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Genetic regulation of trichome development and importance for breeding in C. sativa

Published: Feb 16, 2022   
 

Glandular trichomes are the site of cannabinoid biosynthesis in Cannabis sativa. While trichomes are located on all above-ground surfaces of the plant, glandular trichomes are most highly concentrated on the flowers of the inflorescence; particularly the unfertilized female inflorescence. Glandular trichomes form when an epidermal pavement cell receives non-cell autonomous signals from surrounding tissue to develop into a sessile capitate glandular trichome. The developing trichome receives additional signals during floral development which causes it to become a bulbous trichome, which then develops into a capitate stalked trichome (CSG). 


The CSG has a multicellular stalk connected to a basal cell, which has a rosette of stipe cells and secretory cells above it. Genes encoding cannabinoid biosynthetic enzymes are expressed in these secretory cells leading to the production of THC and CBD, two commercially important cannabinoids, as well as monoterpenes which use some metabolites that also feed into the cannabinoid biosynthetic pathway. Only when the trichome reaches the capitate stalked phase does it begin to produce considerable amounts of cannabinoids.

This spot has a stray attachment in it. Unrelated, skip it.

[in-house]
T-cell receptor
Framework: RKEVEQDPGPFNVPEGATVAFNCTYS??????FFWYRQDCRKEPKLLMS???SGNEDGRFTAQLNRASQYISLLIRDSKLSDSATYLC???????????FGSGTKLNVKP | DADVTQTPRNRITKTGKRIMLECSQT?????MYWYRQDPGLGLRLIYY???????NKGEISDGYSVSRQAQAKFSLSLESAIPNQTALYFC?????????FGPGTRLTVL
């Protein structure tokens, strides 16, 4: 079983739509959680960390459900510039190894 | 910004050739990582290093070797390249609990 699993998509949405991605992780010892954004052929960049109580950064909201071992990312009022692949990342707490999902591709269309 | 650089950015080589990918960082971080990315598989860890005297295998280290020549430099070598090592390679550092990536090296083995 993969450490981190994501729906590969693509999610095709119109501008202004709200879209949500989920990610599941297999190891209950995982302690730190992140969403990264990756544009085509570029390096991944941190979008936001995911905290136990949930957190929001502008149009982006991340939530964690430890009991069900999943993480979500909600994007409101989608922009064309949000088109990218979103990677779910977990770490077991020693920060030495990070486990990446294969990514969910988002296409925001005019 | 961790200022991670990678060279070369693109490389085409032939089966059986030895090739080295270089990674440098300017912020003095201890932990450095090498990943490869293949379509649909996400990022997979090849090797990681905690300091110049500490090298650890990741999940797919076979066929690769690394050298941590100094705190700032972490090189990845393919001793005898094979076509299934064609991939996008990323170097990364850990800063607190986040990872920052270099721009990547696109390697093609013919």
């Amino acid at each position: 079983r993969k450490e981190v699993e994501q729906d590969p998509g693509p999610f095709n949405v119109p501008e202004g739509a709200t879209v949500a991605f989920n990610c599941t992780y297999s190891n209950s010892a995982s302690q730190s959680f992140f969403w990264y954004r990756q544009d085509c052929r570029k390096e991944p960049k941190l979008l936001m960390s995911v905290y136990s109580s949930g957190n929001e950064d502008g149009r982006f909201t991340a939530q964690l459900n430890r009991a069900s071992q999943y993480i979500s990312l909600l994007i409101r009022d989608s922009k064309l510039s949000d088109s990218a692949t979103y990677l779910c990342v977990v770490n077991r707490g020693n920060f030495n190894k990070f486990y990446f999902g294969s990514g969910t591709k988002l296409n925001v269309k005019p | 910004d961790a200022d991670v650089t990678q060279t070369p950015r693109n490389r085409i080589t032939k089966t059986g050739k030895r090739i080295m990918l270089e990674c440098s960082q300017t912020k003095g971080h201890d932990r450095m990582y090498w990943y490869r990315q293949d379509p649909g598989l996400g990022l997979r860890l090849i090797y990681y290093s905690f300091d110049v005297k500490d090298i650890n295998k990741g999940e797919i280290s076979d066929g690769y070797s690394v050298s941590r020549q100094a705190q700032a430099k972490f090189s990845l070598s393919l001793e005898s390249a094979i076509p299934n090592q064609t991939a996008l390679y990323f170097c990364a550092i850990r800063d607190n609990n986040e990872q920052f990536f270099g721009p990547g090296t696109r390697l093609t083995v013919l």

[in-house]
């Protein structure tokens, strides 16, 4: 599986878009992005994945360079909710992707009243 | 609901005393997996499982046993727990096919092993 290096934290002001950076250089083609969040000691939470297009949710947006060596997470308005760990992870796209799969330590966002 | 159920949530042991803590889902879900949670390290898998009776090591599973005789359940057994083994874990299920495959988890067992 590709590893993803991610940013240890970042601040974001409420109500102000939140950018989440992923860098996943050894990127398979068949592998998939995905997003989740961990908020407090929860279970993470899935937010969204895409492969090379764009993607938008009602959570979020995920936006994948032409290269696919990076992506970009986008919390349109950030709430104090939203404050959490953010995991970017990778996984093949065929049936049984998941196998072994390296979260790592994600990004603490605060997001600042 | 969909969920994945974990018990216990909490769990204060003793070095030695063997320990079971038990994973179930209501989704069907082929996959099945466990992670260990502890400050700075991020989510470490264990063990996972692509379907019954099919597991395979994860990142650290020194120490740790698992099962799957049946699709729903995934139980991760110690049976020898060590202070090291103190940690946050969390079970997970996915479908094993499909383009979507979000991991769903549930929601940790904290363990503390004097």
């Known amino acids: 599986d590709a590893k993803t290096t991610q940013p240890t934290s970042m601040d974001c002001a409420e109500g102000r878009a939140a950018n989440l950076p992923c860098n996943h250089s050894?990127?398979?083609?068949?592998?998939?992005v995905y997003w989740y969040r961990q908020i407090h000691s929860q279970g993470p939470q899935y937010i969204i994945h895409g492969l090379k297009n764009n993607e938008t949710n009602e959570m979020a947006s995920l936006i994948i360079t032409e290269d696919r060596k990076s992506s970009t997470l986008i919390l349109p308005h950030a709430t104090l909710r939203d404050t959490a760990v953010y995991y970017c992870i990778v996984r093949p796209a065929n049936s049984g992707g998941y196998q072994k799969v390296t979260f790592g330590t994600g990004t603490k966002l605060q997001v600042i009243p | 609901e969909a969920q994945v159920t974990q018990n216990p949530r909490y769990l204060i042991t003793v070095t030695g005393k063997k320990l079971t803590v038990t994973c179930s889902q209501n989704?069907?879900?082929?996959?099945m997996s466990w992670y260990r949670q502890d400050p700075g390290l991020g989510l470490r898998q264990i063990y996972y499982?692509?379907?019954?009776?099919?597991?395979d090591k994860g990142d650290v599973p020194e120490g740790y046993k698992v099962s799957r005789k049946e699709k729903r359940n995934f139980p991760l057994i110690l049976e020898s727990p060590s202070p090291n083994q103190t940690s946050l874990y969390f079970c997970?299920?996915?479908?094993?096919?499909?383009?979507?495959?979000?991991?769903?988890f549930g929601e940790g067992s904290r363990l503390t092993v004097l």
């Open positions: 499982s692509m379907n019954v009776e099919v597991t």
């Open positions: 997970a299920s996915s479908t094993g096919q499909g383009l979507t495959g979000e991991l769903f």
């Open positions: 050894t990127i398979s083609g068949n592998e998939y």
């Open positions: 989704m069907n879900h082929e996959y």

We are identifying heretofore uncharacterized cannabis genes that control glandular trichome initiation and development as one approach to maximize cannabinoid production in cannabis. We have identified three cannabis proteins that are similar to transcription factors (TF’s) which are known to be involved in glandular trichome initiation and development in other species: TF-X, Y and Z. We are characterizing their function and association with the increasing level of cannabinoids in the maturing flowers. We have found that the expression of these genes is correlated with floral maturation as well as the expression of genes in the cannabinoid biosynthesis pathway. Furthermore, we have studied the impact of a variety of hormones on these transcription factors, and the resulting impact on cannabinoid production. We have found that TF-Y is upregulated by gibberellic acid, a hormone which is instrumental to the induction of flowering in cannabis. Additionally, we have transformed TF-Y into Nicotiana tabacum, a model plant used for the study of trichome development and have observed an impact on trichome phenotype. We are also working on the transient transformation of trichome gland cells in order to study the impact of TF’s on the cannabinoid biosynthesis pathway.  



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